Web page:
David Owen has been writing excellent fiction for many years, but with shame I say this is the first in his Pufferfish series that I’ve read. It deserves every success.
The Tasmanian Police Force’s Detective Inspector Franz Heineken, aka Pufferfish, is as prickly and full of attitude as the creature he’s named after. Which is no bad thing for a “seasoned Tasmanian rozzer”.
His small team is called in when the dashing and outrageously good looking sommelier Romeo Ferrari goes missing from his home, leaving behind bloody drag marks across the kitchen floor.
They have a horrified witness who is certain she saw a dead body on the rug, but by the time the police can get there, it’s gone.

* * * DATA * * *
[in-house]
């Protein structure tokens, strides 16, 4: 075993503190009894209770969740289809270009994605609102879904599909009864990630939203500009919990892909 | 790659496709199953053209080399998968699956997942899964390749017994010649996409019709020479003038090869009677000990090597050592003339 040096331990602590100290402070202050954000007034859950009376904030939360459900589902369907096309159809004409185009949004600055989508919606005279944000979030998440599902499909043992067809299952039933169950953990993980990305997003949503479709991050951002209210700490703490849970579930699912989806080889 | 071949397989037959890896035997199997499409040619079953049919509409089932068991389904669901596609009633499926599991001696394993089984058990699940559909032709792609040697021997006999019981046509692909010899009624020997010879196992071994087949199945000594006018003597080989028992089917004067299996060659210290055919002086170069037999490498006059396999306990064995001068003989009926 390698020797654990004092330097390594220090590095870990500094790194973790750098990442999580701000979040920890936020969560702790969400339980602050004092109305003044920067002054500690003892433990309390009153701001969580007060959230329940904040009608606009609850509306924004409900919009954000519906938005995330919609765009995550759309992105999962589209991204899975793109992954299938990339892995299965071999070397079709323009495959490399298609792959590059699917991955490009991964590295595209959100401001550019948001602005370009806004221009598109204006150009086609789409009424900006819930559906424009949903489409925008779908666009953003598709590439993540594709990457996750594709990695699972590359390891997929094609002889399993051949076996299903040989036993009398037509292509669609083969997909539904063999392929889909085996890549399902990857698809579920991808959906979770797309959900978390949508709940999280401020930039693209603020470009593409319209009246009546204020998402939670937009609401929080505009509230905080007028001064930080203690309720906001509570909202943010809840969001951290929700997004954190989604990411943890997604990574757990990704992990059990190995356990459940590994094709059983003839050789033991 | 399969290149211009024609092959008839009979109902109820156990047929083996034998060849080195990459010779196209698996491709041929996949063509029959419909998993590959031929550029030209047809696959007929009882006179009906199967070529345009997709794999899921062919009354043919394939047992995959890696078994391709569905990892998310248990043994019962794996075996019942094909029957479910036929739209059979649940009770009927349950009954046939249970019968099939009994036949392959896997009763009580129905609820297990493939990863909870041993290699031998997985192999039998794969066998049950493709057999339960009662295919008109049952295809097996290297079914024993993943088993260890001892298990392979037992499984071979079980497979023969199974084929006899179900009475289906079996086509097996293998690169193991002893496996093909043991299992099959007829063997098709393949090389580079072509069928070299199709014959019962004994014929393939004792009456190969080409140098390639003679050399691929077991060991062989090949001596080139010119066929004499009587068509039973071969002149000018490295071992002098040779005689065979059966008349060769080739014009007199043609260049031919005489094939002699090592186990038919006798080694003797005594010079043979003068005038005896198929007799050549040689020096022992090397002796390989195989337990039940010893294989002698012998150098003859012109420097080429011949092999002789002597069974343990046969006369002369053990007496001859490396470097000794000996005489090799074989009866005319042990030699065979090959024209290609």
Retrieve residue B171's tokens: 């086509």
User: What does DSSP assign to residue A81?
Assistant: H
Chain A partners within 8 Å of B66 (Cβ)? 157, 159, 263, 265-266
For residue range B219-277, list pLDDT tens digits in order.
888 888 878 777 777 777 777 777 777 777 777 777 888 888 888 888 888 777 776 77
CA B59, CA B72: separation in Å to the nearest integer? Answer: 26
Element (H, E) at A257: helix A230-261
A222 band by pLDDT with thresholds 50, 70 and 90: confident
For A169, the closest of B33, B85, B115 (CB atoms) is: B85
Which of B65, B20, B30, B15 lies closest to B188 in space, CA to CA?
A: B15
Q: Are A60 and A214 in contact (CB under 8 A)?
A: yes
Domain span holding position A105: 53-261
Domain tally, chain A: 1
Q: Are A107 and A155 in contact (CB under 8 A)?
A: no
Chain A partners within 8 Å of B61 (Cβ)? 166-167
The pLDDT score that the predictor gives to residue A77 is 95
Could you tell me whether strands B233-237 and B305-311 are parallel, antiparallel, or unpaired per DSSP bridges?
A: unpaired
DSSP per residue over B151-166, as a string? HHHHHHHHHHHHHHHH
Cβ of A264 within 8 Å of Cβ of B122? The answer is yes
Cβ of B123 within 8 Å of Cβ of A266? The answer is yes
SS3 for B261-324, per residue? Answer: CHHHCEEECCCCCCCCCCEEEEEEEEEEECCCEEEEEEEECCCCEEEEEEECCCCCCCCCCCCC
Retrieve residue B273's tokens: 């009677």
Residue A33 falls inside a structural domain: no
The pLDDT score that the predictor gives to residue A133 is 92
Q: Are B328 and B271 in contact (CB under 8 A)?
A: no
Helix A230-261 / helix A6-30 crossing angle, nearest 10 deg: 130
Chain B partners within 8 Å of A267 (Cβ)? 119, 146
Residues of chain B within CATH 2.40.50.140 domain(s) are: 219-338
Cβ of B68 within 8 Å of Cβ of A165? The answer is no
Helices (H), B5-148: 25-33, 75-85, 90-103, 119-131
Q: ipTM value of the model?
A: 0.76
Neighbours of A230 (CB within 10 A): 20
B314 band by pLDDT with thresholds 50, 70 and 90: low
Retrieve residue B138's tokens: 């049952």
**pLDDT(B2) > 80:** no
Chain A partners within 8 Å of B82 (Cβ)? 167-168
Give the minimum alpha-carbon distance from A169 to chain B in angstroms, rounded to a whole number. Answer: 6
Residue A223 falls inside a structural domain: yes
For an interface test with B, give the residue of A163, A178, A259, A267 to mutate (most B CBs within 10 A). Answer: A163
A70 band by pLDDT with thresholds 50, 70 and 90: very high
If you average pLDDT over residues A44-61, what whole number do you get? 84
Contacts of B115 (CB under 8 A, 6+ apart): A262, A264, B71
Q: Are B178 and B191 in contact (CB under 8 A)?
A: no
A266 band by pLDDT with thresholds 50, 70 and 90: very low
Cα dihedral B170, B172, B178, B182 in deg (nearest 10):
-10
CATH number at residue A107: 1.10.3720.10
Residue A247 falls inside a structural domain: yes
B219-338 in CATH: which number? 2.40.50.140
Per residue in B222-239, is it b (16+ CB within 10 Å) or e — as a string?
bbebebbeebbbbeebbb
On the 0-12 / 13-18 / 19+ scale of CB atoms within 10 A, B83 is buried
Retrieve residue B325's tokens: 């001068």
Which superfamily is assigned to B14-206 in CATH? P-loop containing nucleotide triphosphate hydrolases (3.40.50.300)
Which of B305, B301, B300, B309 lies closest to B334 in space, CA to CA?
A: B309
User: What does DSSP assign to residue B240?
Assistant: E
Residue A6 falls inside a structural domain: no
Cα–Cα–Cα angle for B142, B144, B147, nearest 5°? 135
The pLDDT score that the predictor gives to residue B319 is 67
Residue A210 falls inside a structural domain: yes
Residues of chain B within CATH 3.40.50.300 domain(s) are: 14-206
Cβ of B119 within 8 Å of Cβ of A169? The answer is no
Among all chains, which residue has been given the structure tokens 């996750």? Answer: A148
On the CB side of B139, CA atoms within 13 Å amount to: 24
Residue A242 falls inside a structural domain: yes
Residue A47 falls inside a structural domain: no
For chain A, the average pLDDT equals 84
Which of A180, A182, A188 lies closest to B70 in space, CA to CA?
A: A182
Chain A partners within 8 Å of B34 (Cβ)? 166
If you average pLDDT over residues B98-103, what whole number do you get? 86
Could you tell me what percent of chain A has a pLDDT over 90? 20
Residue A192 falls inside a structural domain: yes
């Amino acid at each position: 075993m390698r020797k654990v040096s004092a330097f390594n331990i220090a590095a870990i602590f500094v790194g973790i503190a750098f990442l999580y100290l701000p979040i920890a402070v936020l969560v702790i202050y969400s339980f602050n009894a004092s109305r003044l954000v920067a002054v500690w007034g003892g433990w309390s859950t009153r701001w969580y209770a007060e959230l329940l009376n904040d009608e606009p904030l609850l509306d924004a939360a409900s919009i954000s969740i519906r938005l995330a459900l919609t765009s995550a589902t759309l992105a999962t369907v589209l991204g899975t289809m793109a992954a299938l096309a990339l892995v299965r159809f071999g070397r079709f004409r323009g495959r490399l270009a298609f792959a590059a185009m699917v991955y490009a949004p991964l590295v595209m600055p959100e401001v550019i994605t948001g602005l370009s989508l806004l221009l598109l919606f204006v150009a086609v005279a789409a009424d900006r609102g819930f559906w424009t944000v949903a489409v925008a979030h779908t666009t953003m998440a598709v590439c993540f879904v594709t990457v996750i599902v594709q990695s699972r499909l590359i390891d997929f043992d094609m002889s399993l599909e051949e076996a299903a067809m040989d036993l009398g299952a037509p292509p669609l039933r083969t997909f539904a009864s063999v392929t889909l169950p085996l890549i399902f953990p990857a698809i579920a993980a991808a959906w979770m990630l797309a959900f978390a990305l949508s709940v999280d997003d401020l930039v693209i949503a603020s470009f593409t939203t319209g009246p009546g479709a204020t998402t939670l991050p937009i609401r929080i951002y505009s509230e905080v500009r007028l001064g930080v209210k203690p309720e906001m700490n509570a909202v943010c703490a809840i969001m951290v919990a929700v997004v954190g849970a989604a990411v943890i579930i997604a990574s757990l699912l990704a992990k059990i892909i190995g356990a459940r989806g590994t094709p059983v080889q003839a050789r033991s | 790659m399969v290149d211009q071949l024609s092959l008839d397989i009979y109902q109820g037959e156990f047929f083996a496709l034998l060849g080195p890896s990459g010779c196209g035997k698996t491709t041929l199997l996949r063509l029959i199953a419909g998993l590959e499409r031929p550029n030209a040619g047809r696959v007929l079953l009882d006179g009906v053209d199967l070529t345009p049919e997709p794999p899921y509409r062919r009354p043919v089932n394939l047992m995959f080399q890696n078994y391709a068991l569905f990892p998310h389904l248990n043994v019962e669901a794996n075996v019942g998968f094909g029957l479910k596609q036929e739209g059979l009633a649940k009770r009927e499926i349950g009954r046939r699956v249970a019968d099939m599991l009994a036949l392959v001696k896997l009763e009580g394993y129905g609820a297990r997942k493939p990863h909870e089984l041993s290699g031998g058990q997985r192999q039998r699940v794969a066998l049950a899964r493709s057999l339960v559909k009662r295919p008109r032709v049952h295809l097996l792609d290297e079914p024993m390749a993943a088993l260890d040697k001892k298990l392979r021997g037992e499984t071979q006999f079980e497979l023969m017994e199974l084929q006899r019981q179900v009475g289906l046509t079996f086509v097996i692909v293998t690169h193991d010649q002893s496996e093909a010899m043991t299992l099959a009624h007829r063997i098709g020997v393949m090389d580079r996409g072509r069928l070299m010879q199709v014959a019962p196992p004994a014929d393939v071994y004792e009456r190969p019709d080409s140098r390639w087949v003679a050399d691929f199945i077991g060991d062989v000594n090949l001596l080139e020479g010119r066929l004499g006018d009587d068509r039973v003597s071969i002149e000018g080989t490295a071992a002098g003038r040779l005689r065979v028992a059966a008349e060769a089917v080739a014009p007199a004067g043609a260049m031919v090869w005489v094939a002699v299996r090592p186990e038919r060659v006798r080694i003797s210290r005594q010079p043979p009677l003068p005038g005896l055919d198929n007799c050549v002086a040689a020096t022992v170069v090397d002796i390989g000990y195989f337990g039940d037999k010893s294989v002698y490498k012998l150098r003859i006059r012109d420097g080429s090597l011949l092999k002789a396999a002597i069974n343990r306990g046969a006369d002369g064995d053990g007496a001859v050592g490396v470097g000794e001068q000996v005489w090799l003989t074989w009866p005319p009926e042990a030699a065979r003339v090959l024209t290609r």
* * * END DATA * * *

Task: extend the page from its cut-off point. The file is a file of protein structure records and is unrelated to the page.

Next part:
As Pufferfish starts to investigate, the fingers start pointing in some very murky directions, including right into the heart of a major drugs operation in Victoria.
In the background, a killer strikes again, and it is a case that Heineken cannot ignore, even when it becomes professionally dangerous.
This is the seventh Pufferfish novel from Owen, an adopted Australian who now lives and works in Hobart.
The writing is funny and sharp, and loaded with attitude and local colour. The names, as might already be obvious, are often outlandish – it’s a good indicator of the fun Owen has with his writing.
For those lucky crime fans who will discover him for the first time with this book, the good news is his new publisher has indicated his back catalogue will be re-released.
This book was published in November 2016. This review first appeared in the Herald Sun’s Weekend magazine.